For the first time, peacekeepers with the United Nations launched a surveillance drone on Tuesday.
The UN's UAV, or unmanned aerial vehicle, is being deployed over the Democratic Republic of Congo "to monitor the volatile border with Rwanda and Uganda."
Though a reportedly peaceful mission, today's launch is another example of the mass proliferation of drones, a technology that has grown at a "geometric pace" and, as civil society groups warn, has outpaced any attempt to regulate their use.
In addition to the UN, over 70 countries in the world now deploy drones. As Foreign Policy in Focus columnist Conn Hallinan notes, drones today have become a "multi-billion dollar industry" with countries across the globe "building and buying them."
The proliferation of drones is staggering. In 2001, Hallinan notes, the U.S. had 50 drones; today it has over 7,500. And between 2005 and 2011, the number of drone programs—public and private initiatives—worldwide jumped from 195 to 680.
"Occupying someone else’s lands is dangerous and expensive, hence the siren lure of drones as a risk-free and cheap way to intimidate the locals and get them to hand over their land or resources," Hallinan writes, noting that the number of killer drones in development are "expanding at a geometric pace," with 16 countries currently owning "the lethal variety."
And in July, the U.S. Navy successfully launched "Salty Dog 502"—the first fully-automated UAV, which can "launch, land and refuel in midair without human intervention."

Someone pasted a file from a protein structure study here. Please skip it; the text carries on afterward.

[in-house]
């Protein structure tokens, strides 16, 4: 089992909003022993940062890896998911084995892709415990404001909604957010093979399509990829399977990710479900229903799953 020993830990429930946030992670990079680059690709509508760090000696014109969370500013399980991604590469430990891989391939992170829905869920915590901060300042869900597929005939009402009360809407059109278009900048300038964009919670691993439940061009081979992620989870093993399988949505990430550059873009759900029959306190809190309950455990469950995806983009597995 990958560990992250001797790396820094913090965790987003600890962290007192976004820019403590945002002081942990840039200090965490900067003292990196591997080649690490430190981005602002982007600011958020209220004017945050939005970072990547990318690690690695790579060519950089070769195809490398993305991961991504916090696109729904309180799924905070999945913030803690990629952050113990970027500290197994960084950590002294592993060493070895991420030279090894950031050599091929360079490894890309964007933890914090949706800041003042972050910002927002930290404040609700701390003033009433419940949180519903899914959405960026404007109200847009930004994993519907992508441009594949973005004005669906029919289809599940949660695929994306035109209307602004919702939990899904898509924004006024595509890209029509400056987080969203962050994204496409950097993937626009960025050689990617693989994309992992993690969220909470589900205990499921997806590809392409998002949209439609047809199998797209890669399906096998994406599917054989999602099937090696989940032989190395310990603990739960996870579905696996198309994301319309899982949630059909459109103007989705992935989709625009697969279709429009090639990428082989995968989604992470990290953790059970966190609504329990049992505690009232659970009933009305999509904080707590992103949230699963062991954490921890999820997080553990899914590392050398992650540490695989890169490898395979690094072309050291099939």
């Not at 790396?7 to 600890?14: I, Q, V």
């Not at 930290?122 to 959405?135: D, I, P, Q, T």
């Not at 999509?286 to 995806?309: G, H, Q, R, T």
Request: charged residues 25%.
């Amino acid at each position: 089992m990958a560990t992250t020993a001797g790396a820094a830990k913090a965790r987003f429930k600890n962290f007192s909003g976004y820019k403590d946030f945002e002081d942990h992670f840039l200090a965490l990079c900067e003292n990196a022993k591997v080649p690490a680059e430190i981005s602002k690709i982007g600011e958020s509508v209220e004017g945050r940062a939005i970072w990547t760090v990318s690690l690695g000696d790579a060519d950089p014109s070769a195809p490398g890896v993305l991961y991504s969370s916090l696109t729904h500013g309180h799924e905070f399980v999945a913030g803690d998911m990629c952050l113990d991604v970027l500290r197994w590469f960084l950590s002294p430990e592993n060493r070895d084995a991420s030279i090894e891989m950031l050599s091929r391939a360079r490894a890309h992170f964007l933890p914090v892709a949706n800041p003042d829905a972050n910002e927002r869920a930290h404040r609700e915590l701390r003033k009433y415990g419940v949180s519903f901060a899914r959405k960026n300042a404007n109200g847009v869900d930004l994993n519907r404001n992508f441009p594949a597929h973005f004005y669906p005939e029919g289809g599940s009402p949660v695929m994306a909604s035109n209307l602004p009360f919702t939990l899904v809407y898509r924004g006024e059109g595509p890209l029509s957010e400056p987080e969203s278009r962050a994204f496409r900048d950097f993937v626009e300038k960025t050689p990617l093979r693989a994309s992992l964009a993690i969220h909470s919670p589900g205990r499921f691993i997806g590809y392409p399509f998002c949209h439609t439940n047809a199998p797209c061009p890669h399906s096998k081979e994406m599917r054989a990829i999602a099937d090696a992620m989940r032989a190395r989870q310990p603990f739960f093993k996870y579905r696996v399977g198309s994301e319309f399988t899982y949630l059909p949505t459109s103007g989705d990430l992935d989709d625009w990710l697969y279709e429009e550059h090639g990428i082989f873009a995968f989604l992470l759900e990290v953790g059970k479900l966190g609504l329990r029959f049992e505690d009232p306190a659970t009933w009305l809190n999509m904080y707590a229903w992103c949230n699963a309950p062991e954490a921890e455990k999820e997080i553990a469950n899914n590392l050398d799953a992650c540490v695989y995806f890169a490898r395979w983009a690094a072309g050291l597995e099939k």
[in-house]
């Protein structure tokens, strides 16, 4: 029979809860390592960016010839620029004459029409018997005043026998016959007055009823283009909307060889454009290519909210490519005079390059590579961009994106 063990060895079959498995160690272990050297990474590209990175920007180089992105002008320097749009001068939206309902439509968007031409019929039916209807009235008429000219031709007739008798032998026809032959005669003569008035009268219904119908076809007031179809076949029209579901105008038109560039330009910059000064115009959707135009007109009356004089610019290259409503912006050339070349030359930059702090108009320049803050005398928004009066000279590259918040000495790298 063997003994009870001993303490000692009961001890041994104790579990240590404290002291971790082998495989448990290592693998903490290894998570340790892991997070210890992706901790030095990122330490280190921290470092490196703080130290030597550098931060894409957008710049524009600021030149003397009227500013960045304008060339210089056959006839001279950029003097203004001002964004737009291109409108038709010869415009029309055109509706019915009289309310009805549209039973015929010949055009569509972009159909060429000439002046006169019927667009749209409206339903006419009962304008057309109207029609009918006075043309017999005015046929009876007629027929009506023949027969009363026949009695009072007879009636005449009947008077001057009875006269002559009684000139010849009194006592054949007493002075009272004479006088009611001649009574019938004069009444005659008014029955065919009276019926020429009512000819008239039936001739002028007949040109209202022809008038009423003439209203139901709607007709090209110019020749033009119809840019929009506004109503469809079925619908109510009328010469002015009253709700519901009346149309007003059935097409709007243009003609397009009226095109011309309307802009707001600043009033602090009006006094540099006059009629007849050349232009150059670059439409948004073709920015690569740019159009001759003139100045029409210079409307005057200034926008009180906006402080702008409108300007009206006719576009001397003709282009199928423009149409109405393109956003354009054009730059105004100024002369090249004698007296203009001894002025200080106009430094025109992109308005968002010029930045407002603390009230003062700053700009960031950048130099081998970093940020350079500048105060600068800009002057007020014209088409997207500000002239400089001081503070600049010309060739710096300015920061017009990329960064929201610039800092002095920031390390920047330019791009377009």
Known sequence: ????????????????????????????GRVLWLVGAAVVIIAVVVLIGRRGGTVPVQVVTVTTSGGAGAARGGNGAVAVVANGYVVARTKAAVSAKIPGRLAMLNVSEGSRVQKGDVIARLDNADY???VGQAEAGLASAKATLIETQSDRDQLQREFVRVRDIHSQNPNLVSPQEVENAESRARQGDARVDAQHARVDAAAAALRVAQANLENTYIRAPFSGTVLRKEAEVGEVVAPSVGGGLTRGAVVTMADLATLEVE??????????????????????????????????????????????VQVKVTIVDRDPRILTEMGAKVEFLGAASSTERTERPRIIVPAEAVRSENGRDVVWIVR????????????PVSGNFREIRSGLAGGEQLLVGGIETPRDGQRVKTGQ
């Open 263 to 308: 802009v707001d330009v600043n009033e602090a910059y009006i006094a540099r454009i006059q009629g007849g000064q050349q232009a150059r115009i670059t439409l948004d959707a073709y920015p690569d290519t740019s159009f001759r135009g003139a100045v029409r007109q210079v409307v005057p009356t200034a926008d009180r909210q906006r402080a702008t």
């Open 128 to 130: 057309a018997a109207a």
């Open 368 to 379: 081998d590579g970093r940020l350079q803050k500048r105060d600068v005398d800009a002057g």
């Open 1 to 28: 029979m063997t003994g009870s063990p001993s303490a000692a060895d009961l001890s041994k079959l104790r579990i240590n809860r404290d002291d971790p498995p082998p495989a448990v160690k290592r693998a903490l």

"It is not often you get a chance to see the future," Navy Secretary Ray Mabus said following "Salty Dog's" successful touchdown.
Whether drones are used for deadly aerial attacks, surveillance by a local police force, or a "peacekeeping mission," critics warn that we face a future in which technology has swiftly outpaced any oversight.
Autonomous weapons, notes UN special rapporteur Christof Heynes in his report on drone proliferation, "may seriously undermine the ability of the international legal system to preserve a minimum world order."
Last month, human rights watchdog group CODEPINK hosted the first international drone summit to draw attention to impact of drones on targeted groups and discuss strategies to stop the proliferation of the technology.
Likening drones to Pandora's box, Hallinan writes that the box is "full of armed drones, but the furies are not yet fully deployed. There is still time to close it and ban a weapon of war aimed primarily at the powerless and the peripheral."